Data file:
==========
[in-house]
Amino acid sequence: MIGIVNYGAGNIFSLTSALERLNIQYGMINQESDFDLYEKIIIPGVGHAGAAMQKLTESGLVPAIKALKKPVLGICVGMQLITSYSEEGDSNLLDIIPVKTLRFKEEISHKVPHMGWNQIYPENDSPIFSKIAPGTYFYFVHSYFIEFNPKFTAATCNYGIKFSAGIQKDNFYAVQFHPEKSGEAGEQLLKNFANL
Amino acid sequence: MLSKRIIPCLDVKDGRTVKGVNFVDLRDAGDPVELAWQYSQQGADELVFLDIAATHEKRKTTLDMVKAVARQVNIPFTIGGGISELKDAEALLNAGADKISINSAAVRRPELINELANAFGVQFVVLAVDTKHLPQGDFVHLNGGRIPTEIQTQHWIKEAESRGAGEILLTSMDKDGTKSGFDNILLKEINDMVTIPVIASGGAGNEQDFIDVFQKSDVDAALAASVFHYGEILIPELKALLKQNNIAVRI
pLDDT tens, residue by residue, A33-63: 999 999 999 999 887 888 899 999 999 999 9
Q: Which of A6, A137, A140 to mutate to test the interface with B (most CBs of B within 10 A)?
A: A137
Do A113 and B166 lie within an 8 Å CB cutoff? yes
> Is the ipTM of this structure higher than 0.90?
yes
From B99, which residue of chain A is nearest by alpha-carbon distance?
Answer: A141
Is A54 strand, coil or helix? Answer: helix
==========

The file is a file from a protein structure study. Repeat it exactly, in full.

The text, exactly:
[in-house]
Amino acid sequence: MIGIVNYGAGNIFSLTSALERLNIQYGMINQESDFDLYEKIIIPGVGHAGAAMQKLTESGLVPAIKALKKPVLGICVGMQLITSYSEEGDSNLLDIIPVKTLRFKEEISHKVPHMGWNQIYPENDSPIFSKIAPGTYFYFVHSYFIEFNPKFTAATCNYGIKFSAGIQKDNFYAVQFHPEKSGEAGEQLLKNFANL
Amino acid sequence: MLSKRIIPCLDVKDGRTVKGVNFVDLRDAGDPVELAWQYSQQGADELVFLDIAATHEKRKTTLDMVKAVARQVNIPFTIGGGISELKDAEALLNAGADKISINSAAVRRPELINELANAFGVQFVVLAVDTKHLPQGDFVHLNGGRIPTEIQTQHWIKEAESRGAGEILLTSMDKDGTKSGFDNILLKEINDMVTIPVIASGGAGNEQDFIDVFQKSDVDAALAASVFHYGEILIPELKALLKQNNIAVRI
pLDDT tens, residue by residue, A33-63: 999 999 999 999 887 888 899 999 999 999 9
Q: Which of A6, A137, A140 to mutate to test the interface with B (most CBs of B within 10 A)?
A: A137
Do A113 and B166 lie within an 8 Å CB cutoff? yes
> Is the ipTM of this structure higher than 0.90?
yes
From B99, which residue of chain A is nearest by alpha-carbon distance?
Answer: A141
Is A54 strand, coil or helix? Answer: helix